Apple It said Thursday it will spend $450 million with U.S. companies to implement its new Emergency satellite SMS feature.
Most of that money will go away GlobalstarThe Louisiana-based company that operates the satellites that make this feature possible, Apple said.
Apple doesn’t take an equity stake in the company, but it spends money on equipment and service operations. The funding pays for satellites, as well as equipping ground stations with a new type of antenna designed by Apple.
In September, Apple announced Emergency SOS with Satellite A banner feature on the new iPhone 14 models. If users are out of range of a cellular tower while camping in a remote area, they can point their phone at the sky and connect to one of 24 Globalstar satellites in low Earth orbit to connect to emergency services. It will be launched later this month via an iPhone software update.
Thursday’s announcement underscores the significant costs of operating the service.
The feature is free for two years, but Apple is open to charging for it after that. The service isn’t fully automated, requiring human-staffed call centers — more than 300 GlobalStar employees will work on the service, Apple said.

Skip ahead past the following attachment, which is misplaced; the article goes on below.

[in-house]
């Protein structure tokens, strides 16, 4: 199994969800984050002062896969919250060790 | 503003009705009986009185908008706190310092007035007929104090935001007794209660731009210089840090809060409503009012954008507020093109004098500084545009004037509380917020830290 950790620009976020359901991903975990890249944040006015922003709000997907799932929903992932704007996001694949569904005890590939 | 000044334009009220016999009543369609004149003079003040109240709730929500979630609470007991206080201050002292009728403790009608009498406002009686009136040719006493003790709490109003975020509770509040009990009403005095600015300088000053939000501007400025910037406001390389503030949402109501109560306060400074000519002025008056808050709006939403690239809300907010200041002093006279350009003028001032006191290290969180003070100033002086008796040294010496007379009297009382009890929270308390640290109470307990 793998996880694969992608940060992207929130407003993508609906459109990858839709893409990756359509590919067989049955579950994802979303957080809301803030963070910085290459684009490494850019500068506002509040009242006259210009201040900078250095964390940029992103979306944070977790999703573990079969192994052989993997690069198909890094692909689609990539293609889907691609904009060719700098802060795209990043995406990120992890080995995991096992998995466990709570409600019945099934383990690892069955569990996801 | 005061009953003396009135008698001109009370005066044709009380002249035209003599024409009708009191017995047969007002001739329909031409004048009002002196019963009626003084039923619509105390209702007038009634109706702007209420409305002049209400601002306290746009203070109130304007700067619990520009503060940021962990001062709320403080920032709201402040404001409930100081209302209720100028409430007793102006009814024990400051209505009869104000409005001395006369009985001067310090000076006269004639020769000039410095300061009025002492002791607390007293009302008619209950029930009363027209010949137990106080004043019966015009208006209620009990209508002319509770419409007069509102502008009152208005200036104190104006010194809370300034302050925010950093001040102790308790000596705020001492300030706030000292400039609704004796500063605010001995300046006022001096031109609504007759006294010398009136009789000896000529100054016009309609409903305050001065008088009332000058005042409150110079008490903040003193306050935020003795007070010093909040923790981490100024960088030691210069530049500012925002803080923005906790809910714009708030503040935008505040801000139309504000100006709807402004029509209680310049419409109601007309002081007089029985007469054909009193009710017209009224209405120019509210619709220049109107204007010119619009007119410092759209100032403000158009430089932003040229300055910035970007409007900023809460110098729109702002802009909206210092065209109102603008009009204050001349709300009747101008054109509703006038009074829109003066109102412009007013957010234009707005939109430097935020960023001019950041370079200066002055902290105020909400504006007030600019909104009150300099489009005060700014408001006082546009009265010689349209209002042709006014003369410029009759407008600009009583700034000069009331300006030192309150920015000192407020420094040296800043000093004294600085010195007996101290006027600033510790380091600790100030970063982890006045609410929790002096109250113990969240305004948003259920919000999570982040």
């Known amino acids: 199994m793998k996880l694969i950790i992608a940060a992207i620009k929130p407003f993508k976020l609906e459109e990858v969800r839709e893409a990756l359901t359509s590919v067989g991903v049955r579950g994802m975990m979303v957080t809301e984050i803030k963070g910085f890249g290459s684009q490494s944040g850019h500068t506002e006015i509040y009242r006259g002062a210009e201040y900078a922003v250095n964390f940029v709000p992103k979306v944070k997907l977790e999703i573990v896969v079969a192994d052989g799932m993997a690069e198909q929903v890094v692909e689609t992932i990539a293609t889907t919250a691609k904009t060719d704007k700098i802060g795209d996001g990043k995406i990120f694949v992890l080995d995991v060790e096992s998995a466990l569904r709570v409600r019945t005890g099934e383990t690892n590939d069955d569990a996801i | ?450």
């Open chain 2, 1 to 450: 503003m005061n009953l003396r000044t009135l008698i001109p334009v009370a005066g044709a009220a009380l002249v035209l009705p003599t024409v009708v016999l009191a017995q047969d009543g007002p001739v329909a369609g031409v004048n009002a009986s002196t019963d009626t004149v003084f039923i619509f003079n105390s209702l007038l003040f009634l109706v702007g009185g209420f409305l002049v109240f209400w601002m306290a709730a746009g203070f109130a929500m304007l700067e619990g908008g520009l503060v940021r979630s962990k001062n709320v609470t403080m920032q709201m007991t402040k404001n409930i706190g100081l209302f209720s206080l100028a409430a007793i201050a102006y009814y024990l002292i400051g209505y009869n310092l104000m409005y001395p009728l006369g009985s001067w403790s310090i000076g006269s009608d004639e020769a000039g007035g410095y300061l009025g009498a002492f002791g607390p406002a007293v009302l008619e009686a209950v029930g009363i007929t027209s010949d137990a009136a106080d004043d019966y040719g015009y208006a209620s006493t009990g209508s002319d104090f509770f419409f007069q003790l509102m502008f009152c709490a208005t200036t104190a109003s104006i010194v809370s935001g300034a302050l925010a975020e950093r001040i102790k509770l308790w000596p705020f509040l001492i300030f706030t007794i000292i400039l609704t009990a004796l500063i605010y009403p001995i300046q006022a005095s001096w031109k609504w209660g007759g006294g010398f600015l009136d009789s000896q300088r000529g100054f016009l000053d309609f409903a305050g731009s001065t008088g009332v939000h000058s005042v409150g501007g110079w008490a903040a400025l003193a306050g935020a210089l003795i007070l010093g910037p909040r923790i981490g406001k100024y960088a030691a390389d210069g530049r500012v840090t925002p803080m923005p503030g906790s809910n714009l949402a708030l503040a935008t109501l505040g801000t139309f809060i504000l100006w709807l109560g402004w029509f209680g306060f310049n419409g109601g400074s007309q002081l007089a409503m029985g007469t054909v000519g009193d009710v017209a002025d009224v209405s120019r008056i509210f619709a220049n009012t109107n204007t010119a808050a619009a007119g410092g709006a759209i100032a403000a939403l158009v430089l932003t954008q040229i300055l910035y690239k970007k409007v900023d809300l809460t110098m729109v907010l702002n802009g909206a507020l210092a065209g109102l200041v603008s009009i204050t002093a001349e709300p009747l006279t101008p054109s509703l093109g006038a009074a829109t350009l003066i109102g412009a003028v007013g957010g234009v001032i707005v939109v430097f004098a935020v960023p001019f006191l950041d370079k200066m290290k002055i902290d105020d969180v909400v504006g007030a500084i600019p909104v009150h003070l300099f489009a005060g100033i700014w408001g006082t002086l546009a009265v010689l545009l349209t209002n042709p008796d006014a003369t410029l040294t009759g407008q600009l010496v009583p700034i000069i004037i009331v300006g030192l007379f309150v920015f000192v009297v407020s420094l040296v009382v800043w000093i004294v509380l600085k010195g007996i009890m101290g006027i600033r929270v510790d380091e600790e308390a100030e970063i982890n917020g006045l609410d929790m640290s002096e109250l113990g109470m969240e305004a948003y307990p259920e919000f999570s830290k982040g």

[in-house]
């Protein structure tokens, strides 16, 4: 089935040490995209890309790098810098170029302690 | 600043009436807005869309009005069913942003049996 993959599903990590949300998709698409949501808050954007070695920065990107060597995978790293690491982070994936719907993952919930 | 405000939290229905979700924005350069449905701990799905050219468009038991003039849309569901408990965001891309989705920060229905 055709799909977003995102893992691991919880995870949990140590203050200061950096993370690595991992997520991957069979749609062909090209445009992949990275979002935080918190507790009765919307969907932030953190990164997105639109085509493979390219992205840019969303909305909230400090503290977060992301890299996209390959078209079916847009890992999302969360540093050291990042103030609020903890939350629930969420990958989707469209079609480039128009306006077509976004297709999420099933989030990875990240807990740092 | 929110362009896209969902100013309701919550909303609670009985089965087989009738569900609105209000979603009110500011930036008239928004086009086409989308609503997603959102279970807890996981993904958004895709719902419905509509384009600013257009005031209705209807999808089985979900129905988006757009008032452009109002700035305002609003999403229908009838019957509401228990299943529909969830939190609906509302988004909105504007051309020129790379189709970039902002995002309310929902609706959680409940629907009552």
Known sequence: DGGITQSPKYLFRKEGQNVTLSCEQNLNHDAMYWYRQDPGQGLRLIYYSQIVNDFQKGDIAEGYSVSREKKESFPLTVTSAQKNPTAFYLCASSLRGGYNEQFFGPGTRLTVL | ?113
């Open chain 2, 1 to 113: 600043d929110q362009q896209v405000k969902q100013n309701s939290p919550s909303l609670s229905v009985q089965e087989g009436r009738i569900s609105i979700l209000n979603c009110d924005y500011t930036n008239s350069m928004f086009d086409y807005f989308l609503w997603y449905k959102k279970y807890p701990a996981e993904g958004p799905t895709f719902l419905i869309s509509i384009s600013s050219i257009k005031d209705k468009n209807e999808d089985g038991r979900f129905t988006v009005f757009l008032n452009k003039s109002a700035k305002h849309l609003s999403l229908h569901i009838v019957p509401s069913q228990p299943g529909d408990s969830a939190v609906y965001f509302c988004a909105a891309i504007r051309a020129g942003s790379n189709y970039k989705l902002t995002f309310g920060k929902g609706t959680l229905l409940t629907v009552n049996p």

This is an example of how much Apple spends on American suppliers. Apple likes to point out that many of the parts it uses in its devices come from the US, with final assembly almost entirely done in China.
Apple’s payment for Globalstar will come from Apple’s Advanced Manufacturing Fund, money the company uses to support US-based suppliers.
Since the Advanced Manufacturing Fund was created in 2017, it has paid off $450 million to Corning for iPhone glass manufacturing, $390 million for Finisar To outfit a factory to make the laser components needed for FaceID, $100 million to XPO Logistics And $10 million for discovering Coban for Covid-19 Test equipment parts.